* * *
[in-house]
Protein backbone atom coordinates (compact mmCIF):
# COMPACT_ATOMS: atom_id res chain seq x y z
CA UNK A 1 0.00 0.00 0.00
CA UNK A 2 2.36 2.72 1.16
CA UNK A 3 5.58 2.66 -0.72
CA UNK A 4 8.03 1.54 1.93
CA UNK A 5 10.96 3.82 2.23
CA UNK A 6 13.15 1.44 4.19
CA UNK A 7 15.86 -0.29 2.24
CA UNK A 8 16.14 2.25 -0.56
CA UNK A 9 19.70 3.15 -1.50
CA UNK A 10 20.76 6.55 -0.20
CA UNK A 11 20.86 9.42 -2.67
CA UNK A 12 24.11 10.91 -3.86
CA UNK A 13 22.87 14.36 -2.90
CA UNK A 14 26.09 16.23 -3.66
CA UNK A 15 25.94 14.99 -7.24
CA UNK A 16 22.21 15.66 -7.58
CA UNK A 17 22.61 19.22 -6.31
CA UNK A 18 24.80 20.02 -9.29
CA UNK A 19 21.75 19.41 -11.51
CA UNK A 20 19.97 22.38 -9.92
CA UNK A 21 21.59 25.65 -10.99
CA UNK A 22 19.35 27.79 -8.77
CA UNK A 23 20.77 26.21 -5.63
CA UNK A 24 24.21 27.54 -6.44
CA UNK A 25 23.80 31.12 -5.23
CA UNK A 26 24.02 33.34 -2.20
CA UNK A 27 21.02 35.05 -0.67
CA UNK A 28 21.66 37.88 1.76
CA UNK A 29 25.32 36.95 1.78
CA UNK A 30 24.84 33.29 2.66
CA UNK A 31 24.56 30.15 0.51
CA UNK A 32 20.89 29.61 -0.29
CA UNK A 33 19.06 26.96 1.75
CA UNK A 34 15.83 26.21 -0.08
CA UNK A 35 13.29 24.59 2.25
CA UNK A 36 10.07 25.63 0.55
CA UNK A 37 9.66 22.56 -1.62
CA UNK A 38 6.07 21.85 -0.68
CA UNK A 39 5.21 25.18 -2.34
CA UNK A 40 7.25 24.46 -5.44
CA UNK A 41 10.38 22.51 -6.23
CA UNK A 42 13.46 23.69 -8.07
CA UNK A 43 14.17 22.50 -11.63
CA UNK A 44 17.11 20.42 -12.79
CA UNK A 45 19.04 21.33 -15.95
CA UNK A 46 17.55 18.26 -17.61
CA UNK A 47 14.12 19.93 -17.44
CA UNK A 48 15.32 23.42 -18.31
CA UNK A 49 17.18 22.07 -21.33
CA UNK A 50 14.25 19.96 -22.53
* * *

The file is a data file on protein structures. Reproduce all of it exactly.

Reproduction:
[in-house]
Protein backbone atom coordinates (compact mmCIF):
# COMPACT_ATOMS: atom_id res chain seq x y z
CA UNK A 1 0.00 0.00 0.00
CA UNK A 2 2.36 2.72 1.16
CA UNK A 3 5.58 2.66 -0.72
CA UNK A 4 8.03 1.54 1.93
CA UNK A 5 10.96 3.82 2.23
CA UNK A 6 13.15 1.44 4.19
CA UNK A 7 15.86 -0.29 2.24
CA UNK A 8 16.14 2.25 -0.56
CA UNK A 9 19.70 3.15 -1.50
CA UNK A 10 20.76 6.55 -0.20
CA UNK A 11 20.86 9.42 -2.67
CA UNK A 12 24.11 10.91 -3.86
CA UNK A 13 22.87 14.36 -2.90
CA UNK A 14 26.09 16.23 -3.66
CA UNK A 15 25.94 14.99 -7.24
CA UNK A 16 22.21 15.66 -7.58
CA UNK A 17 22.61 19.22 -6.31
CA UNK A 18 24.80 20.02 -9.29
CA UNK A 19 21.75 19.41 -11.51
CA UNK A 20 19.97 22.38 -9.92
CA UNK A 21 21.59 25.65 -10.99
CA UNK A 22 19.35 27.79 -8.77
CA UNK A 23 20.77 26.21 -5.63
CA UNK A 24 24.21 27.54 -6.44
CA UNK A 25 23.80 31.12 -5.23
CA UNK A 26 24.02 33.34 -2.20
CA UNK A 27 21.02 35.05 -0.67
CA UNK A 28 21.66 37.88 1.76
CA UNK A 29 25.32 36.95 1.78
CA UNK A 30 24.84 33.29 2.66
CA UNK A 31 24.56 30.15 0.51
CA UNK A 32 20.89 29.61 -0.29
CA UNK A 33 19.06 26.96 1.75
CA UNK A 34 15.83 26.21 -0.08
CA UNK A 35 13.29 24.59 2.25
CA UNK A 36 10.07 25.63 0.55
CA UNK A 37 9.66 22.56 -1.62
CA UNK A 38 6.07 21.85 -0.68
CA UNK A 39 5.21 25.18 -2.34
CA UNK A 40 7.25 24.46 -5.44
CA UNK A 41 10.38 22.51 -6.23
CA UNK A 42 13.46 23.69 -8.07
CA UNK A 43 14.17 22.50 -11.63
CA UNK A 44 17.11 20.42 -12.79
CA UNK A 45 19.04 21.33 -15.95
CA UNK A 46 17.55 18.26 -17.61
CA UNK A 47 14.12 19.93 -17.44
CA UNK A 48 15.32 23.42 -18.31
CA UNK A 49 17.18 22.07 -21.33
CA UNK A 50 14.25 19.96 -22.53